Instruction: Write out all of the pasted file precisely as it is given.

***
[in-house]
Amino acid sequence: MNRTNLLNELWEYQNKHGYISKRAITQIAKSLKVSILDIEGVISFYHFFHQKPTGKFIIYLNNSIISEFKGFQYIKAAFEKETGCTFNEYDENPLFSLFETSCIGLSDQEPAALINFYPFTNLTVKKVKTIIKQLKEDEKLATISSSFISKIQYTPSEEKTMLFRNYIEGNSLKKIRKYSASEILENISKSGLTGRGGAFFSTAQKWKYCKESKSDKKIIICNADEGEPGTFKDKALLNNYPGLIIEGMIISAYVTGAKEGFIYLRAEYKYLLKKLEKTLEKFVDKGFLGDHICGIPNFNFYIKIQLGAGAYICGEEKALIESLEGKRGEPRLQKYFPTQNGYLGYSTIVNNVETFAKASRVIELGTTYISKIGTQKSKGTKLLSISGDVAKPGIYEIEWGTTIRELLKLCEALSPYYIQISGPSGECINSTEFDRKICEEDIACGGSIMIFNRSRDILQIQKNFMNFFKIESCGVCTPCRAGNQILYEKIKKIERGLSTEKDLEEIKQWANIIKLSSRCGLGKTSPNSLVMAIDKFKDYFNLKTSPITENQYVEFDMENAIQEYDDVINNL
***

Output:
[in-house]
Amino acid sequence: MNRTNLLNELWEYQNKHGYISKRAITQIAKSLKVSILDIEGVISFYHFFHQKPTGKFIIYLNNSIISEFKGFQYIKAAFEKETGCTFNEYDENPLFSLFETSCIGLSDQEPAALINFYPFTNLTVKKVKTIIKQLKEDEKLATISSSFISKIQYTPSEEKTMLFRNYIEGNSLKKIRKYSASEILENISKSGLTGRGGAFFSTAQKWKYCKESKSDKKIIICNADEGEPGTFKDKALLNNYPGLIIEGMIISAYVTGAKEGFIYLRAEYKYLLKKLEKTLEKFVDKGFLGDHICGIPNFNFYIKIQLGAGAYICGEEKALIESLEGKRGEPRLQKYFPTQNGYLGYSTIVNNVETFAKASRVIELGTTYISKIGTQKSKGTKLLSISGDVAKPGIYEIEWGTTIRELLKLCEALSPYYIQISGPSGECINSTEFDRKICEEDIACGGSIMIFNRSRDILQIQKNFMNFFKIESCGVCTPCRAGNQILYEKIKKIERGLSTEKDLEEIKQWANIIKLSSRCGLGKTSPNSLVMAIDKFKDYFNLKTSPITENQYVEFDMENAIQEYDDVINNL